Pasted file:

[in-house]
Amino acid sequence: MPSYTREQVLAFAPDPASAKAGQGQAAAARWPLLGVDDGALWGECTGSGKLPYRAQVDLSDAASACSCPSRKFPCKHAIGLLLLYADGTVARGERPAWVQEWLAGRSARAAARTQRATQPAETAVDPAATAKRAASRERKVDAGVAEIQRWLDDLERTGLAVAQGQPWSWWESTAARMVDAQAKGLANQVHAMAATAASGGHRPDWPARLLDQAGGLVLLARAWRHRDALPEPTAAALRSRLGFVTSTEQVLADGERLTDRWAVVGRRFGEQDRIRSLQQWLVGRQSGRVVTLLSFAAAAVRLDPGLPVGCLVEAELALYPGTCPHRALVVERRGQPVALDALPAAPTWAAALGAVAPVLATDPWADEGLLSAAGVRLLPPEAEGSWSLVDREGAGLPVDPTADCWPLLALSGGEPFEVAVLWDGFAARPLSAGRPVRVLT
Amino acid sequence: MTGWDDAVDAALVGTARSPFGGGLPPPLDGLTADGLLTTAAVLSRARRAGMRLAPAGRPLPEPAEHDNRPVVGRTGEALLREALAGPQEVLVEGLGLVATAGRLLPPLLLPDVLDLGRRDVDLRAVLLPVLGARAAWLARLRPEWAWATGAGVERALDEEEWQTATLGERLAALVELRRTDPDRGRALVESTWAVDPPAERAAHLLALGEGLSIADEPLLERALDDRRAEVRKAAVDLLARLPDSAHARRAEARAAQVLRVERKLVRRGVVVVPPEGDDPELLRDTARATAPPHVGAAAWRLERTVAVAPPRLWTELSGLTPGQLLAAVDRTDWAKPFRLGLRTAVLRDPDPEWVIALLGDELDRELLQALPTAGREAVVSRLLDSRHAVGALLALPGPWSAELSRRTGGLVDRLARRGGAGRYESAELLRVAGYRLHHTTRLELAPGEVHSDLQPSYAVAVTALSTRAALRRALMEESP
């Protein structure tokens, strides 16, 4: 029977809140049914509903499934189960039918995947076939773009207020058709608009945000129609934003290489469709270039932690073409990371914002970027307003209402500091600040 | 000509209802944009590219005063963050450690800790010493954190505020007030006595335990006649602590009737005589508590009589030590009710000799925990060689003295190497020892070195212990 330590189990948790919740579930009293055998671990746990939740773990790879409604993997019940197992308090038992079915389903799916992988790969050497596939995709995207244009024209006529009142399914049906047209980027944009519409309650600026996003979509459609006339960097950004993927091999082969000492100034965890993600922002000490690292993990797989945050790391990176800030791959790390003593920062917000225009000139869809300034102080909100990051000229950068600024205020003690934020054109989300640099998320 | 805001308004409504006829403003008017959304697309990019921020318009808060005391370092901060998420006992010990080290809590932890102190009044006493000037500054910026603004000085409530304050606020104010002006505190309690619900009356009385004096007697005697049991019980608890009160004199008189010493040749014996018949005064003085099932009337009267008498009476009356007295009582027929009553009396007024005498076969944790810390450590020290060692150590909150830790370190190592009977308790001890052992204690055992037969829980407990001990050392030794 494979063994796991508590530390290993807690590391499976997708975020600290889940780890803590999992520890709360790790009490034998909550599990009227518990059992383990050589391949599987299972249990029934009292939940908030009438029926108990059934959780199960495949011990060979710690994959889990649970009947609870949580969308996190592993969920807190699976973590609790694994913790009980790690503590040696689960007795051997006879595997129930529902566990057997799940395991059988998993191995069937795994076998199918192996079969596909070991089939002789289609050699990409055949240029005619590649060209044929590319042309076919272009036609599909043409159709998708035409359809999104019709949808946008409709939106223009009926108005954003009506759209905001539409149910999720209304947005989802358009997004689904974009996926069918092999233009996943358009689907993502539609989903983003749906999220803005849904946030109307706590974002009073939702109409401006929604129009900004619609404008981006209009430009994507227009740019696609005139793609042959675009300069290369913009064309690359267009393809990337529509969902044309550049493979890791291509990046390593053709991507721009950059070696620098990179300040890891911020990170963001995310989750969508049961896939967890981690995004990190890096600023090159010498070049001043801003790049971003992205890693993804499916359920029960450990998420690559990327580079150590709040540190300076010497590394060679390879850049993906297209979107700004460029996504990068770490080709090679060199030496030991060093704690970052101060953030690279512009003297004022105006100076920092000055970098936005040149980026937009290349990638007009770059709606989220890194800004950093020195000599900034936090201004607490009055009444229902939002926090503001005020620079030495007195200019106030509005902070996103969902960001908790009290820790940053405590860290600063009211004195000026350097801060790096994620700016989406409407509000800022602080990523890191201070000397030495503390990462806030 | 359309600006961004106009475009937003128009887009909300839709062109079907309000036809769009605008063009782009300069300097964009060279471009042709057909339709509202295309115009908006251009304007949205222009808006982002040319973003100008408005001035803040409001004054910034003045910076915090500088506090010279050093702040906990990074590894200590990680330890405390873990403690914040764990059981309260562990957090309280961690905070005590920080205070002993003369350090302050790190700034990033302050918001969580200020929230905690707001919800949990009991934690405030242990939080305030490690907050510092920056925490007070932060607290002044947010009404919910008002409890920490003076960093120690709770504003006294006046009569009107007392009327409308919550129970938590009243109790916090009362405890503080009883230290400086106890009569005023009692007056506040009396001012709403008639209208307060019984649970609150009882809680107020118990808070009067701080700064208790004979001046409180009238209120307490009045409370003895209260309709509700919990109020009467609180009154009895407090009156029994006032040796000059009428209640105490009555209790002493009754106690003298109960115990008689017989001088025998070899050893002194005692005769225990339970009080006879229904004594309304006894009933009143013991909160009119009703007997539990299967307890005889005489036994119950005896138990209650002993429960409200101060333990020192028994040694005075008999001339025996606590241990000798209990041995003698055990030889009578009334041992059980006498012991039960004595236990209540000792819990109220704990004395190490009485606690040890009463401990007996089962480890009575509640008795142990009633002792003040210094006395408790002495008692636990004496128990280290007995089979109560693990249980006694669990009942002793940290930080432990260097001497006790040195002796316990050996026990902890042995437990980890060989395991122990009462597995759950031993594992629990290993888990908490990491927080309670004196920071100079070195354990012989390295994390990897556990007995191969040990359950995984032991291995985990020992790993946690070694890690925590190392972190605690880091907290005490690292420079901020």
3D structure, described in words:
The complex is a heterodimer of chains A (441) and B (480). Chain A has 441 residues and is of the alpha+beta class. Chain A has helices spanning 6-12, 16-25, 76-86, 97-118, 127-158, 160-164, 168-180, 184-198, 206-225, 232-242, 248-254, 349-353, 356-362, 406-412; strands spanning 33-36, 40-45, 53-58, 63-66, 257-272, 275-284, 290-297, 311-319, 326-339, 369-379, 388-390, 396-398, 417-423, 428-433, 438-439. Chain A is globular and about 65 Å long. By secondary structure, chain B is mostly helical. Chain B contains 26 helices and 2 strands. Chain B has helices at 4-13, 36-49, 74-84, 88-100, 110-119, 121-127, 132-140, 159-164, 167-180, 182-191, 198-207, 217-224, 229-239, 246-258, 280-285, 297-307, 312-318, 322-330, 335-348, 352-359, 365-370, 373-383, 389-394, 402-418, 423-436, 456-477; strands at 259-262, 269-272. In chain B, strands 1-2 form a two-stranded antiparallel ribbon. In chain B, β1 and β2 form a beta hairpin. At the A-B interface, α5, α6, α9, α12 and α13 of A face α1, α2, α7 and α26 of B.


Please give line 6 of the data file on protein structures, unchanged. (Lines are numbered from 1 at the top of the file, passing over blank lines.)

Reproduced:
The complex is a heterodimer of chains A (441) and B (480). Chain A has 441 residues and is of the alpha+beta class. Chain A has helices spanning 6-12, 16-25, 76-86, 97-118, 127-158, 160-164, 168-180, 184-198, 206-225, 232-242, 248-254, 349-353, 356-362, 406-412; strands spanning 33-36, 40-45, 53-58, 63-66, 257-272, 275-284, 290-297, 311-319, 326-339, 369-379, 388-390, 396-398, 417-423, 428-433, 438-439. Chain A is globular and about 65 Å long. By secondary structure, chain B is mostly helical. Chain B contains 26 helices and 2 strands. Chain B has helices at 4-13, 36-49, 74-84, 88-100, 110-119, 121-127, 132-140, 159-164, 167-180, 182-191, 198-207, 217-224, 229-239, 246-258, 280-285, 297-307, 312-318, 322-330, 335-348, 352-359, 365-370, 373-383, 389-394, 402-418, 423-436, 456-477; strands at 259-262, 269-272. In chain B, strands 1-2 form a two-stranded antiparallel ribbon. In chain B, β1 and β2 form a beta hairpin. At the A-B interface, α5, α6, α9, α12 and α13 of A face α1, α2, α7 and α26 of B.